getting hired for your dream job can start on clubhouse
The goal is getting hired. If you are seeking your dream job and think it can’t start on Clubhouse, think again. Getting hired is possible as you network on Clubhouse to land a job.
Erik’s story of getting hired began with him asking to speak on the stage in a Clubhouse room. He had an interview the next morning at 8 AM. An offer followed that interview in less than three weeks.
On February 3rd, I was listening in a Clubhouse room while I was making dinner. The live conversation was focused on Erik Corzberg telling his story about how he landed a job by being on Clubhouse.
This career move was a reinvention based on personality and transferable skills.
Erik will be a Commercial Sales Rep for SecurityScorecard, an organization that protects tech companies from hackers by managing their global cybersecurity risks.
Over the last ten years, Erik grew a staffing business from zero to $4M in sales by closing deals with companies like Google, Facebook, and Apple. When COVID hit, business was not as plentiful.
Erik had developed a keen interest in Software as a Service (SaaS). He had a pretty good knowledge of technology and applications and thought it would be a perfect move in his career to sell software.
Last year, he spent a lot of time engaging on LinkedIn to make connections, create content, and he posted every day.
Also, Erik set up many Zoom coffees with others who were out of work and with people employed in SaaS.
Erik noted that in the last four weeks, lightbulbs kept going off in his head. He became highly motivated in his job search and read books and listened to podcasts. He immersed himself in circles of people in sales and SaaS, especially in Clubhouse rooms.
One night, he met some folks on Clubhouse and, a week later, these individuals were in the same room when he announced he was looking for a job in SaaS. Someone else mentioned they were looking to hire. Erik was immediately supported by his new Clubhouse friends in this room of only about 20 people. By speaking up, he had an offer for an 8 AM interview the next morning.
This situation is remarkable, as Erik has only been on Clubhouse for a month. He had spent about 10 to 20 hours a week on this voice-only platform, continuing to network, not knowing if he would land a job or not.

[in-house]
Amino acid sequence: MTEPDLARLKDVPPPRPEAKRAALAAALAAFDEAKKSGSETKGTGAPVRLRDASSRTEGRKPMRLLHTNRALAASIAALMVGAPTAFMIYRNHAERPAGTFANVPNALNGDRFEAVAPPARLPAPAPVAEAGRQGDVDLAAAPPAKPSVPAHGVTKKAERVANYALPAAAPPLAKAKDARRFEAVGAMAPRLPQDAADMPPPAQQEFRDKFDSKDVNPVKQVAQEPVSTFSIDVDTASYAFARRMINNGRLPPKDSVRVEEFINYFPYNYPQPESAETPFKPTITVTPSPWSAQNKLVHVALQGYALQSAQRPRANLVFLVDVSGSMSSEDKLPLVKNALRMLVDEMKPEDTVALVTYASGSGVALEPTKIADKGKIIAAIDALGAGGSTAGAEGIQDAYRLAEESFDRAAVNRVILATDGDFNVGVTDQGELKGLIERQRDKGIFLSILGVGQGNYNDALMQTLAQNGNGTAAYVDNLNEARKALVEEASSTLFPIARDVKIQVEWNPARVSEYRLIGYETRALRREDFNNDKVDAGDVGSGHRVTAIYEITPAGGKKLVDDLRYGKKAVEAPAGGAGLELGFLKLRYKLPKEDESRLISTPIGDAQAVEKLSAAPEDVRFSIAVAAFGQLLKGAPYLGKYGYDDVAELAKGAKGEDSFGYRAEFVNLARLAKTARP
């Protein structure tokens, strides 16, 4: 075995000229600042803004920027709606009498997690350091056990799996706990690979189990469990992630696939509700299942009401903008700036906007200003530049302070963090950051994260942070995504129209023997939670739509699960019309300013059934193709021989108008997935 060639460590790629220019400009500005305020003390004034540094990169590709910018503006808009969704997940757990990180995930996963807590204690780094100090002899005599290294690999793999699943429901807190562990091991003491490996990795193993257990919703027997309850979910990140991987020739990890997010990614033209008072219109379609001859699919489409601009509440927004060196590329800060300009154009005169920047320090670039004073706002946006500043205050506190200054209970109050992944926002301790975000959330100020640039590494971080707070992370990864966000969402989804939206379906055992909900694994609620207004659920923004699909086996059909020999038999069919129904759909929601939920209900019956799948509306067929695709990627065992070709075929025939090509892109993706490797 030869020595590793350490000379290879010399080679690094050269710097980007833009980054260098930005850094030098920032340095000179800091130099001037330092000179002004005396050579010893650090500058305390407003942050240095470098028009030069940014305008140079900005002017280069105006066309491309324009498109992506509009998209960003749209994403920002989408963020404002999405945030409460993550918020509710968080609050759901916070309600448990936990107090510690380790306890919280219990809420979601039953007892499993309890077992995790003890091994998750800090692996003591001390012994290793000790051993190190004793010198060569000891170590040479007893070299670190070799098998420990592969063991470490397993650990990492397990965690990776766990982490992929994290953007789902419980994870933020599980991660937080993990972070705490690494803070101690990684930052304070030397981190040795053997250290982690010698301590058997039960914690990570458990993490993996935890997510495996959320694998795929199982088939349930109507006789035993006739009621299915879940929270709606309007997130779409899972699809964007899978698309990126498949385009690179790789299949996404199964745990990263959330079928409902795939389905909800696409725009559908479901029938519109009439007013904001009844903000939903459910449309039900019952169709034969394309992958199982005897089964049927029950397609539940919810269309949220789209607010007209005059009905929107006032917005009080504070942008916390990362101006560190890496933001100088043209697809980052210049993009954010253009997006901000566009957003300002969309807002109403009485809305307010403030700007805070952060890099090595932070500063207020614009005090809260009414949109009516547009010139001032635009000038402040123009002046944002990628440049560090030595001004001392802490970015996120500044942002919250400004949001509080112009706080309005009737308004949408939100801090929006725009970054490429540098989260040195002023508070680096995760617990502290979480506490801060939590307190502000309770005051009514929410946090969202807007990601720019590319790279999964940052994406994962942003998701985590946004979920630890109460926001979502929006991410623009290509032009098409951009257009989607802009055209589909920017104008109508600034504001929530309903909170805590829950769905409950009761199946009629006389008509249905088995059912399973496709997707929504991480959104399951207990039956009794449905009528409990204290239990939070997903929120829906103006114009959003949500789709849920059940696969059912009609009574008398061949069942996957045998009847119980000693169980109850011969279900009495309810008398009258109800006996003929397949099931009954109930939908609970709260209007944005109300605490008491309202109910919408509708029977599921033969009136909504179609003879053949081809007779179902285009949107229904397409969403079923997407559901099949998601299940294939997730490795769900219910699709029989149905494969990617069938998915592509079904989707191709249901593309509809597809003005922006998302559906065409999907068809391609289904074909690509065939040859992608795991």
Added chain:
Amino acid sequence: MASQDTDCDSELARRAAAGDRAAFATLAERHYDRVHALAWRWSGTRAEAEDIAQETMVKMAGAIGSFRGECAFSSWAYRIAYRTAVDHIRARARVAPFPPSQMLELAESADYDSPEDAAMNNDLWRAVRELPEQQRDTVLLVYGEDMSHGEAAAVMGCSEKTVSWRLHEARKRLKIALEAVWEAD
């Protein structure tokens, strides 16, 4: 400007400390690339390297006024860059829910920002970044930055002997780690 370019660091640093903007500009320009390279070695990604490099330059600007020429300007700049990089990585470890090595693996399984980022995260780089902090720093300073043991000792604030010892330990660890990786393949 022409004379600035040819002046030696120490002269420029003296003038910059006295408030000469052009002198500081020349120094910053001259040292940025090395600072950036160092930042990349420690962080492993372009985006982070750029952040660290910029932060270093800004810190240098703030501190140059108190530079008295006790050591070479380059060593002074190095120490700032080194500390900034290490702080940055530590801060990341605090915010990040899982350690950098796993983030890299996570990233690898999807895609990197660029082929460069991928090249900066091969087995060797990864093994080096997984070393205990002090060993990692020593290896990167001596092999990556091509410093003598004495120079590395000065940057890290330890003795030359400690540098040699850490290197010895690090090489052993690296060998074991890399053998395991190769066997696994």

He felt he needed to keep on going and continue to be positive while listening to many conversations by the “brilliant and wonderful people” he met.
He took lots of notes from the sales, management, and motivation tips people shared. Another strategy he used was to follow every person in the room and then tapped on the bell on their profile so he could choose to be notified when that person spoke “always.” “sometimes,” and “never ever.”
After the room concluded, Erik followed up on LinkedIn, connecting with all the people in the room. Then he took it a step further and created custom 30-second videos on Vidyard and sent them out to some people he met and before any interview.
A tip Erik wanted to share is to make sure you thank people for their time. Also, thank them even if you get a call back when they note you were not the company’s first choice. With a gracious thank you, it may keep the communications open for the future.
Other tips he offered was to negotiate your salary and never undervalue yourself.
If you need to learn more about Clubhouse, read this and this, which are the previous two week’s articles. Please note that the first article was incorrectly published as Are You Part of LinkedIn’s Clubhouse? and should have been Are You Part of LinkedIn’s Clubhouse Conversation?
If you are not on Clubhouse and seek a job or clients, maybe it’s time to download that app if you have an iPhone or an iPad and follow the #clubhouse hashtag on LinkedIn.
If you need to learn more about LinkedIn, sign up for the third Saturday of the month in 2021 for a three house workshop on Zoom.